December 23, 2018
The Rev. Rod Sprange
Going and Seeing for Ourselves
One year at Christmas while I was the incumbent at St. Barnabas, I wanted to make Christmas Eve a storytelling experience for the children. In our congregation were a brother and sister in their late 20’s early 30’s who were amazingly creative and imaginative, and committed to the litirgy. I mentioned to them that I wished I could tell the kids the Christmas story sitting around a camp-fire in front of the chancel steps. On Christmas Eve, late afternoon, I arrived at the church to set up for the early service, I discovered there was a wonderful campfire, complete with twigs and logs and made to look as though it was burning with lights under red, yellow and orange paper. With the church lights turned low the camp-fire was perfect.
I had the kids sit around the campfire for the Gospel. I told the kids not to get too close to the fire, I didn’t want them burning themselves. I told them the birth story based on Luke’s Gospel. It was lovely to see their faces glowing as they faced the fire and listened to the story of Mary and Joseph and the shepherds on the hillside.
After the service, a grandma asked her grandson if he had enjoyed the camp-fire. He looked up at her and in a whisper said “I’ll tell you a secret, It wasn’t real”.
And I’ll tell you a secret, whatever else in this world is fake, the birth of Christ, Emmanuel is real. Christ is real. And you have been entrusted with this truth. The impossible, the incredible, is true.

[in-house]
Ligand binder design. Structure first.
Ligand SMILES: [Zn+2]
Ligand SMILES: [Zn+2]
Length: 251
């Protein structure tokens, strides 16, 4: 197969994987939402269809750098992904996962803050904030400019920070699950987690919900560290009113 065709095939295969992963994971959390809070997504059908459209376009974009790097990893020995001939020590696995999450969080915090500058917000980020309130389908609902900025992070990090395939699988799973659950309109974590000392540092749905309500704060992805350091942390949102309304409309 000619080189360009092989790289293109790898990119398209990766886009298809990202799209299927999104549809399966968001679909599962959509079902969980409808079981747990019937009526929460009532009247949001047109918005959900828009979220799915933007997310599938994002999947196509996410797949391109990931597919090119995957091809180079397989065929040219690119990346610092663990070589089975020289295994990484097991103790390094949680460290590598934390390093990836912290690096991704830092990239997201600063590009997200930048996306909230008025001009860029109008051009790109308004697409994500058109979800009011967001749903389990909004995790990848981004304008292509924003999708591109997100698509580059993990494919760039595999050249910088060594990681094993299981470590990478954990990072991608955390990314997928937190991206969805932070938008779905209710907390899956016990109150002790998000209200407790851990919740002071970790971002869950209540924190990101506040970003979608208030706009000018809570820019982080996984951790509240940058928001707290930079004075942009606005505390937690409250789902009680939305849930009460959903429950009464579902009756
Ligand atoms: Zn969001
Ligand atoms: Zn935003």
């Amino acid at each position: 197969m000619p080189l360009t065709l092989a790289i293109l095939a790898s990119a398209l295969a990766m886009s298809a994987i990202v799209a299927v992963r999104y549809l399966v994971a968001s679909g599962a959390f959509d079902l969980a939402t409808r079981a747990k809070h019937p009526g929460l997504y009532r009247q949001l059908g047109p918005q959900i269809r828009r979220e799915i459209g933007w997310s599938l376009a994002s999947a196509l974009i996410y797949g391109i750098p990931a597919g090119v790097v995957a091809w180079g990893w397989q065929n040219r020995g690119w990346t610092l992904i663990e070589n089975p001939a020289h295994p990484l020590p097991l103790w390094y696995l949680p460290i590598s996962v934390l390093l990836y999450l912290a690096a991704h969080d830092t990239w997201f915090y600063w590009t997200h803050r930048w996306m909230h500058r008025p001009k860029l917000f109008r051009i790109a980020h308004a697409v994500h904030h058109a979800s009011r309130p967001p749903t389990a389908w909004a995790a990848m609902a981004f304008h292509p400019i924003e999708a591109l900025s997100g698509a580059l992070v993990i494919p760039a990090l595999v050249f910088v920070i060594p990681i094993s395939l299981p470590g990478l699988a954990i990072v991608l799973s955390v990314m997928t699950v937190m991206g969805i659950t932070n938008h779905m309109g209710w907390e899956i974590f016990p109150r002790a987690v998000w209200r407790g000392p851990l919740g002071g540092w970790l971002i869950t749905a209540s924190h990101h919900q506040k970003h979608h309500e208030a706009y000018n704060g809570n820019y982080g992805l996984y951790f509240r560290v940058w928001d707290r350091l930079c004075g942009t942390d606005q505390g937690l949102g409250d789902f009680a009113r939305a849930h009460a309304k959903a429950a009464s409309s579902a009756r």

Throughout the Gospels people are invited to go for themselves and see the reality of God made flesh, to see the impossible that God had done and is doing. To see the true nature of God our creator. For instance, in the passage from Luke today, we heard how after Mary had been visited by the Angel and told she was to bear God’s Son, she was told that her old cousin, Elizabeth, was also expecting a baby, Mary went to visit Elizabeth. She went to see this miracle for herself. And to share her own miracle with Elizabeth. Tomorrow night at the early service the children will hear how the Shepherds, after being the first to be told the wonderful news of the birth of our saviour, said, “Let us go for ourselves and see this thing that has taken place, that the Lord has made known to us”.
In Matthew’s birth narrative it is wise men from the East who go to see for themselves, the child who had been born King of the Jews. In John’s version of the Gospel, Andrew and another disciple of John The Baptist , started to physically follow Jesus as he walked by. He said to them “what are you looking for”. They answered “Teacher, where are you staying?” Jesus said “Come and see. Phillip, telling Nathaniel about finding the Messiah, Jesus, said to him “Come and see”. We are constantly invited to “come and See”. As Christian disciples it is our calling to respond to that invitation and to invite others to come and see.
Advent is partly a time of waiting to come and see once more. It is also a strange time, it is a time of waiting for Christ, and for his birth, and for Christmas to turn the world upside down. But it is also a time when we know that it has already happened. Mary sang about the turning upside down of the world in the past and present tenses - yet was clearly singing about what was coming. What God had promised was about to happen, and it had started in the most unlikely person. Mary and Elizabeth teach us to understand that with the coming of Christ, God’s reconciling plan is already underway. We can’t wait for it’s completion to act because we are part of the action - we are the continuing Gospel story, set at a point in time somewhere between the Acts of the Apostles and Revelation. This is wonderful news. You have been chosen to be part of Christ’s mission. Chosen to bear the Gospel.